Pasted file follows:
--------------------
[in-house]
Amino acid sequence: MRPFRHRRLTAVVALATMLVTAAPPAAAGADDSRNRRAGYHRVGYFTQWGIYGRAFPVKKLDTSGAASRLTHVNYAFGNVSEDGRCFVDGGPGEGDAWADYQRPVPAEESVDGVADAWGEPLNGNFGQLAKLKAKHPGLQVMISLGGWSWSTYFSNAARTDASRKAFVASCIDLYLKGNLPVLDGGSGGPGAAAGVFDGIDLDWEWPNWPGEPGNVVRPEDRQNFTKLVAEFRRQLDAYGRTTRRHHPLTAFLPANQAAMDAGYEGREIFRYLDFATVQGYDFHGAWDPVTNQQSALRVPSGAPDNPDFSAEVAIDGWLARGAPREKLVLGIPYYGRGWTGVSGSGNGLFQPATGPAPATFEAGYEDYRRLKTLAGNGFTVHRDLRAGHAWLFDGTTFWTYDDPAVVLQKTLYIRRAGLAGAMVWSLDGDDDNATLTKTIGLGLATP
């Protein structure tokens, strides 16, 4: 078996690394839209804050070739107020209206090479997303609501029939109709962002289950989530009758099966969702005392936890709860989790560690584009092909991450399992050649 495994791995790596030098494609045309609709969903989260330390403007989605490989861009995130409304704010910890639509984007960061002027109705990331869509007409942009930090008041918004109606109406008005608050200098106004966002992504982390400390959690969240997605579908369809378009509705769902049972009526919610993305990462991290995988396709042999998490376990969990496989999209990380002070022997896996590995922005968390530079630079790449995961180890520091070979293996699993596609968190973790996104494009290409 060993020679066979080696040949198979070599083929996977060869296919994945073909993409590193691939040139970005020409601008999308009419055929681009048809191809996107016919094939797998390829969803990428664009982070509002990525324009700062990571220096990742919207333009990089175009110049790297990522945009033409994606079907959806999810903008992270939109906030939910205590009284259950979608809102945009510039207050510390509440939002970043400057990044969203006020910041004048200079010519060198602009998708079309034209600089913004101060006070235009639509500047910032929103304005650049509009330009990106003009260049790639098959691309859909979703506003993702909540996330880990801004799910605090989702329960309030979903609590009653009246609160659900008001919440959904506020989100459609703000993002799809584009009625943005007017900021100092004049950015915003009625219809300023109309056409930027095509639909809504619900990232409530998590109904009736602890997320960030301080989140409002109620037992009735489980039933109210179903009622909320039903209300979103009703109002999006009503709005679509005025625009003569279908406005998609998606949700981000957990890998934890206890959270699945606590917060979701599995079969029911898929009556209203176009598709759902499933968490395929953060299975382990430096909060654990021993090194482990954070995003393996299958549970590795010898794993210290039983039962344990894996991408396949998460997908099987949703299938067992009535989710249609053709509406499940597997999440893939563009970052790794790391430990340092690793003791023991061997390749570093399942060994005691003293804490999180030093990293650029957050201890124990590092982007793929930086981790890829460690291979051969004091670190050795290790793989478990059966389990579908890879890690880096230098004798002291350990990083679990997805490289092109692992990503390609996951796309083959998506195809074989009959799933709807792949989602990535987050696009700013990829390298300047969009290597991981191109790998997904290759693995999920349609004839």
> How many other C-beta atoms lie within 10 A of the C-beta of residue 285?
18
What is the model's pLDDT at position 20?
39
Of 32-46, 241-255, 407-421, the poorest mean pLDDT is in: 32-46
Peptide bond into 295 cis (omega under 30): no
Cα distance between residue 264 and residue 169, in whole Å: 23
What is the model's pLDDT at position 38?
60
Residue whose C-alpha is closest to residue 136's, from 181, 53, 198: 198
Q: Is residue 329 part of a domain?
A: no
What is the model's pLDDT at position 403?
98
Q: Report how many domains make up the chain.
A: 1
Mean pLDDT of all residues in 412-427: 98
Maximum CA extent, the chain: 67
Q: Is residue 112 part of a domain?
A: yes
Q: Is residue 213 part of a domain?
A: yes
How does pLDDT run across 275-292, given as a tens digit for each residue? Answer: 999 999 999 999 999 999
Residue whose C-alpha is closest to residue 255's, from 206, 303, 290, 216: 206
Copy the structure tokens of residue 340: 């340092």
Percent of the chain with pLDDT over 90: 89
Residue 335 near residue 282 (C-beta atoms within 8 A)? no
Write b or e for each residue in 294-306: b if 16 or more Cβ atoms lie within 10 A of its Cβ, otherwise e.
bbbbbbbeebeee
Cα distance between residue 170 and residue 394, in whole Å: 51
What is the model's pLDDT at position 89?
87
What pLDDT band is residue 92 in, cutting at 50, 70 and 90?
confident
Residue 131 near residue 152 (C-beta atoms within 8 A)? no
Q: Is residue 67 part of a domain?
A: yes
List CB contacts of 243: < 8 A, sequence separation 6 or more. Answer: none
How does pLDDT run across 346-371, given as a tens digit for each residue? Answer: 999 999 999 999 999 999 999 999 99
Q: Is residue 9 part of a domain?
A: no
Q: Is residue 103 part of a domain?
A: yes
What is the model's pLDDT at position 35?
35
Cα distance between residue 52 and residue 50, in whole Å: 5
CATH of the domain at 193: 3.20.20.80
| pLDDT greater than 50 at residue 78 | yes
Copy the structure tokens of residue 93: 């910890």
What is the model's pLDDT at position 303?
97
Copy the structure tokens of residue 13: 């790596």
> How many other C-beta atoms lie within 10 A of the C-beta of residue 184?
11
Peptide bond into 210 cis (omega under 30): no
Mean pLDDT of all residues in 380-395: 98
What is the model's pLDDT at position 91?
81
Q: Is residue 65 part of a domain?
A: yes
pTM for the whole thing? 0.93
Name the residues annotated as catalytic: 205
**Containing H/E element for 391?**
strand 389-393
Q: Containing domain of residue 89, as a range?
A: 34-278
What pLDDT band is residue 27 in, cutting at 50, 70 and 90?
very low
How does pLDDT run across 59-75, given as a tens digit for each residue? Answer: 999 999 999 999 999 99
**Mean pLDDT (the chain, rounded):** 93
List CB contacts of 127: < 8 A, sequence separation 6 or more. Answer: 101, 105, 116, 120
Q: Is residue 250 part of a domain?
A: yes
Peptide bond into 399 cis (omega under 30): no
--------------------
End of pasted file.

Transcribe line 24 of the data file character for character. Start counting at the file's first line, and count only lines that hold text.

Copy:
Q: Is residue 213 part of a domain?